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Old 06-13-2011, 06:56 PM   #71
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Yes, I've kind of come to the conclusion that the shimmer effect creates a quick absence of light which coraline likes. I do think though a little of everything plays into it, but the shimmer effect definitely makes a difference. Coraline can be easily out competed by other algae, maybe that's why 0 nitrate and phosphate help as well. I once saw a MAJOR bloom of coraline in a tank full of hair algae just before it crashed. I think the hair algae out competed all other algae and created a zero nitrate and phosphate condition. Then coraline went crazy, but soon after the tank crashed and almost everything died. To bad they didn't have bio plastics back then.
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Old 06-13-2011, 08:38 PM   #72
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Quote:
Originally Posted by dabeyta3
Yes, I've kind of come to the conclusion that the shimmer effect creates a quick absence of light which coraline likes. I do think though a little of everything plays into it, but the shimmer effect definitely makes a difference. Coraline can be easily out competed by other algae, maybe that's why 0 nitrate and phosphate help as well. I once saw a MAJOR bloom of coraline in a tank full of hair algae just before it crashed. I think the hair algae out competed all other algae and created a zero nitrate and phosphate condition. Then coraline went crazy, but soon after the tank crashed and almost everything died. To bad they didn't have bio plastics back then.
Being I'n reefkeeping now about ten years and I don't know what bio plastics are? Like a bio ball or something like that... Please fill me in
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Old 06-13-2011, 08:57 PM   #73
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http://www.aquacave.com/two-little-f...lets-3247.html


They are extremely powerful pure carbon little polymer pellets. You run them in a phosban reactor with special screens. I thought they were a gimmick but I couldn't have been more wrong. They do exactly what they say, and nitrate and phosphate will quickly be brought to zero, and stay there. Being pure carbon, they culture the bacteria which eliminates Nitrates and phosphates. And boy do they. Just use far less then recommended, or you will have a major bacteria bloom. Kind of like vodka, just a controlled more effective way to culture bacteria.
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Old 06-13-2011, 09:24 PM   #74
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Looks like I need to make another purchase. Thanks so much I will certainly give them a try any hints on a reactor? I have a 150 gal. With a 40 gal sump... And thanks!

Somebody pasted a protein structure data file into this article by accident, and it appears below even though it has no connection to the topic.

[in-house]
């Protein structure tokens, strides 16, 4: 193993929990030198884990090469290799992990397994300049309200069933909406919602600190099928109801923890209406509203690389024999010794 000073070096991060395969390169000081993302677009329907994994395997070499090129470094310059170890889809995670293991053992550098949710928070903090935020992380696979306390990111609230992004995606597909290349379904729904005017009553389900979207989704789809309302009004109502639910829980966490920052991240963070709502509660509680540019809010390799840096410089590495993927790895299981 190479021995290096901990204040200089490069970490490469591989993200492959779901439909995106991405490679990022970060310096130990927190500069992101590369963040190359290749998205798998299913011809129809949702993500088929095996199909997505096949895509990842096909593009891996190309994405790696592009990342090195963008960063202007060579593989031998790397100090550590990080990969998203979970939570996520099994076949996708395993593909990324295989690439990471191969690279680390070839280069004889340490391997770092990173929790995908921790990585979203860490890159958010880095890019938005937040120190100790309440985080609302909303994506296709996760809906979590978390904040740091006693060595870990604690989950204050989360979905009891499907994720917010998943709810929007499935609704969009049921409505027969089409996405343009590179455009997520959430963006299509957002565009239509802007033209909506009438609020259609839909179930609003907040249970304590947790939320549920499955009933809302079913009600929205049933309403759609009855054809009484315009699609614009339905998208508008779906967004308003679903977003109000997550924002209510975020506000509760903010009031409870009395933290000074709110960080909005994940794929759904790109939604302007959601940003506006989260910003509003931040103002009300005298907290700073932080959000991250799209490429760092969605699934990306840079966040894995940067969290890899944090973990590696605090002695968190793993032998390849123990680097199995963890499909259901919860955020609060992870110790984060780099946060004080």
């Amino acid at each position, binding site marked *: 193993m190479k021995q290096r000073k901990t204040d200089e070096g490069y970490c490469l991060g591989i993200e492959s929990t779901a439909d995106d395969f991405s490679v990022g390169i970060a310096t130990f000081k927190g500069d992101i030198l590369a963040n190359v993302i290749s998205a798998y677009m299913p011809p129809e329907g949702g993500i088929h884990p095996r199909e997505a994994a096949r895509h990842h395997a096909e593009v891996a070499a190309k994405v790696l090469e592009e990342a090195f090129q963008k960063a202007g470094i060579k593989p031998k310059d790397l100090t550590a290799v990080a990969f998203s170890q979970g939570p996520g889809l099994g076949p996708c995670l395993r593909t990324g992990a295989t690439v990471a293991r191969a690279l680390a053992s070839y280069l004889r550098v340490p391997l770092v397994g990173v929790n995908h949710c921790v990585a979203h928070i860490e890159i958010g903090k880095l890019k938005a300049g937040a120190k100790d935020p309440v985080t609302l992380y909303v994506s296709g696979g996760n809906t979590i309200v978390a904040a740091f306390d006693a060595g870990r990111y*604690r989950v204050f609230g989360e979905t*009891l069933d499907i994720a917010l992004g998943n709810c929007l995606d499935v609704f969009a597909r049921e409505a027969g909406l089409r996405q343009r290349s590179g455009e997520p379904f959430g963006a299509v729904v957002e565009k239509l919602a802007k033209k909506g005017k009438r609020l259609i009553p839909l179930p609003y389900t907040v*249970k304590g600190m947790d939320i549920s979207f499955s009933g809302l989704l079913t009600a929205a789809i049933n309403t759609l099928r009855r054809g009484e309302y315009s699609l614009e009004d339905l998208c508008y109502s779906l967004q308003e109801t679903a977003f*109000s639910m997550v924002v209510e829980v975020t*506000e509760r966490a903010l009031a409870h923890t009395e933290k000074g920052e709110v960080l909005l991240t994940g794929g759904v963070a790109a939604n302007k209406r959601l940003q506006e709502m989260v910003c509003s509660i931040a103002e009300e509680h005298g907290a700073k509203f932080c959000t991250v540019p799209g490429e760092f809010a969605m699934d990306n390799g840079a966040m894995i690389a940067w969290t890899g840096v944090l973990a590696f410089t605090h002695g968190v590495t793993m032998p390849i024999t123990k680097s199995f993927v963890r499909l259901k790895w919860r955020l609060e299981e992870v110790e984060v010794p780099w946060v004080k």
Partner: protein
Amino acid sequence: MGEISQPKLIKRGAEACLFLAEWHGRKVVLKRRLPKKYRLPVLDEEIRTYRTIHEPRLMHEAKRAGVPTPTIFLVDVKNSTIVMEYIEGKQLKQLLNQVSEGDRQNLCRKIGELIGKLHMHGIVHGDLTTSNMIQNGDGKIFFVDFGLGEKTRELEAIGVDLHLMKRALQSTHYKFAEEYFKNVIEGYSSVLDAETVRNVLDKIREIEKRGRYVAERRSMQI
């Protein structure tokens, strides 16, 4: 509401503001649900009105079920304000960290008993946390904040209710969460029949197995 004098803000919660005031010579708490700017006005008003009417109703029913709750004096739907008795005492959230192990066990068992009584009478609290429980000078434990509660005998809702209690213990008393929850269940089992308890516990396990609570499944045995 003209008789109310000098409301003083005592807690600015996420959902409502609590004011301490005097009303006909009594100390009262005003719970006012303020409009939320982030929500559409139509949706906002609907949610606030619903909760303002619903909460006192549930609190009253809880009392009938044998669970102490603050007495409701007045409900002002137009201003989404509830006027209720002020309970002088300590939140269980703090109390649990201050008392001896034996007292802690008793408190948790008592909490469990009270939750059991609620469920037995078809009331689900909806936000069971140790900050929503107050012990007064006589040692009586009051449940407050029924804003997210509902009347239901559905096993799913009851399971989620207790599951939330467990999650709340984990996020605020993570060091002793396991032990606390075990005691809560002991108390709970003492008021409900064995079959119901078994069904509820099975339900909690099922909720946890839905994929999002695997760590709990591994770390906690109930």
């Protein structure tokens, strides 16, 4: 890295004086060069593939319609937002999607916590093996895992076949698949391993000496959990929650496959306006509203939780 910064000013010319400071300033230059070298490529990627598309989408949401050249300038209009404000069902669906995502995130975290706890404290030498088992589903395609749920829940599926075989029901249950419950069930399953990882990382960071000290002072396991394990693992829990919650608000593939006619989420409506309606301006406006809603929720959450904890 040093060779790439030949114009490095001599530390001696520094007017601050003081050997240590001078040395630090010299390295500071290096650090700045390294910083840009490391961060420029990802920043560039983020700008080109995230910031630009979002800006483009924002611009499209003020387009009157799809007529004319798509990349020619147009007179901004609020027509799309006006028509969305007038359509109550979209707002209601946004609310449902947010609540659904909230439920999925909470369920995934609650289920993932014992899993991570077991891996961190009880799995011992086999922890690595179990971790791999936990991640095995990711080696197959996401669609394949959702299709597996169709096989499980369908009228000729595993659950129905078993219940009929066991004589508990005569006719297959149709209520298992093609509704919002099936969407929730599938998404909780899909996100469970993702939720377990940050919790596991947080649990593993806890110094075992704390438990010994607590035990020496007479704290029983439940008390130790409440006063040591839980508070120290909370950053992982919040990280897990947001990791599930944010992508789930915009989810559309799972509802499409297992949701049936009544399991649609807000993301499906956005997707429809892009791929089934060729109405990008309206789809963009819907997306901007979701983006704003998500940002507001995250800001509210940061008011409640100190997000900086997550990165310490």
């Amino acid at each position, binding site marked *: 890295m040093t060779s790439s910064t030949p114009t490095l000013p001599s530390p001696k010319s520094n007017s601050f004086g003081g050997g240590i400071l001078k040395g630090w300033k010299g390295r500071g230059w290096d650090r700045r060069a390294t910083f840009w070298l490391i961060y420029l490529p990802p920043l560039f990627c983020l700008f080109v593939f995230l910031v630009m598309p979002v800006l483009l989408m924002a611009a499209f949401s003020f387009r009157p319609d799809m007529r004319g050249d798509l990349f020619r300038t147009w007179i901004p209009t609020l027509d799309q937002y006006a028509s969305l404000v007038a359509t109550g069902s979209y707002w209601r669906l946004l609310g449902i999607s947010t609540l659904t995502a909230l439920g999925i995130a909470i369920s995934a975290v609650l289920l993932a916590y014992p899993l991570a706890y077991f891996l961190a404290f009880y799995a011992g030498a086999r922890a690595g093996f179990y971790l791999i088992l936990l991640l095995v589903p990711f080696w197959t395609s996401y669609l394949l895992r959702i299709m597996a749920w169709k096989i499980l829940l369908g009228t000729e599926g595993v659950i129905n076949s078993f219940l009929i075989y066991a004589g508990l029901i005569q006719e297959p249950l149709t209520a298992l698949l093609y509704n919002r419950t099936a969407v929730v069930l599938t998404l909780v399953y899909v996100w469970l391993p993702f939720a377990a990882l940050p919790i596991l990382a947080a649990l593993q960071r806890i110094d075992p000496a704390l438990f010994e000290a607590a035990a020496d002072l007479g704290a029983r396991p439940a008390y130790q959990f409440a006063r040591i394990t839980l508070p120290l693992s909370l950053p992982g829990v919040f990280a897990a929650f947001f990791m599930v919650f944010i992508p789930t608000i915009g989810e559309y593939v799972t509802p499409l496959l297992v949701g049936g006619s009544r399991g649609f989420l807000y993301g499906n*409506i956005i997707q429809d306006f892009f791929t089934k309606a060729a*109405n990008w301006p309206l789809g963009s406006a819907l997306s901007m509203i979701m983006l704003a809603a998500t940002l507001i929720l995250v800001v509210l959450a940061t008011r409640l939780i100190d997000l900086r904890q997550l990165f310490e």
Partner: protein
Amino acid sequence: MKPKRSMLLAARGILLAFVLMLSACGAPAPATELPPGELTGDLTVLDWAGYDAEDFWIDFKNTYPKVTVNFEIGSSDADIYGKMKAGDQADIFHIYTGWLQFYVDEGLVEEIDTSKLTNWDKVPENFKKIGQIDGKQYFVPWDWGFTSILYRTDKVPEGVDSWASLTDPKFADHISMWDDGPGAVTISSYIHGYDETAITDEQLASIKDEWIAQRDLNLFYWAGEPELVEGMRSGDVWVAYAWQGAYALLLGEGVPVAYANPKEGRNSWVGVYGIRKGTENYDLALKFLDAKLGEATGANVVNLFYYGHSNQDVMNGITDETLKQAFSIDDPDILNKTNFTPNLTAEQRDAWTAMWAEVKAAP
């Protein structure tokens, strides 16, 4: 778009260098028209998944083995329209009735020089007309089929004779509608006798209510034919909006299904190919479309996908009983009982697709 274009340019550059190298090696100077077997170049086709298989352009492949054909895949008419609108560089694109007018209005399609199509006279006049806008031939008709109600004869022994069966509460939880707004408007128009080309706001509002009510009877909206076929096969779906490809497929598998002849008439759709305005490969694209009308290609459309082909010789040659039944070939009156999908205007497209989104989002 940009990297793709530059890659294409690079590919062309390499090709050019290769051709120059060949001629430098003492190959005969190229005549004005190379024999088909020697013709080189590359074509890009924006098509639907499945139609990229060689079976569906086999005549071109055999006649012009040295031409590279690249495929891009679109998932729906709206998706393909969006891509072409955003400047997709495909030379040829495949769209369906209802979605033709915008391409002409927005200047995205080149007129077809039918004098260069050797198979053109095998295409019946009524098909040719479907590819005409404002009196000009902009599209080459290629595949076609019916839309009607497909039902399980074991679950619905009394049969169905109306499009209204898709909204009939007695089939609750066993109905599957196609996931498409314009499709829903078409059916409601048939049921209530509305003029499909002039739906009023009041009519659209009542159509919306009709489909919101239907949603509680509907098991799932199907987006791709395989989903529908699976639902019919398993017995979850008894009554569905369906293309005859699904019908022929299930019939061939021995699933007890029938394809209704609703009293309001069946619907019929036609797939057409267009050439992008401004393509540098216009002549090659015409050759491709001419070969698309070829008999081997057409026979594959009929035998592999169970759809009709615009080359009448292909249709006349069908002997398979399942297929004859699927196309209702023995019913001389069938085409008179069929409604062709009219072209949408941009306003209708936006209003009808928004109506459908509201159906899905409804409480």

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Old 06-13-2011, 10:27 PM   #75
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They are extremely potent. After quite a bit of trial and error, I found using the smallest size phosban reactor, plastic screens instead of black sponges, and probably a cup or so of npx bioplastics. Water flow fast enough to just churn them a tiny bit (not to much or you'll fill your tank with bacteria) and a couple days. You will almost for sure get a bacterial bloom, but it will go away in a couple days. Just don't use to much.......like I originally did. Oh and I have a 90 gallon tank. When I used the recommended amount, I couldn't get rid of the bacterial bloom. My local fish store sells everything, and they swear by them as well.
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Old 06-13-2011, 11:34 PM   #76
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Thanks so much my friend.. I'm gonna check out some eBay right now... I'll update you on what I actually get.
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Old 08-11-2011, 01:39 PM   #77
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Ack! We are going to need a coralline intervention. The last photo is the front of the sump. It's even growing inside the protein skimmer. We have to scrape it off the front glass once a week when we do our PWC. lol
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Old 08-11-2011, 02:41 PM   #78
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They guy at my lfs said when your halides start to grow coraline algae then its time to change the bulbs
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Old 08-11-2011, 02:42 PM   #79
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We don't run halides.
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Old 08-11-2011, 02:57 PM   #80
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my pencil urchin does a good job of eating coraline algea, but I still have to use a razorblade on the glass
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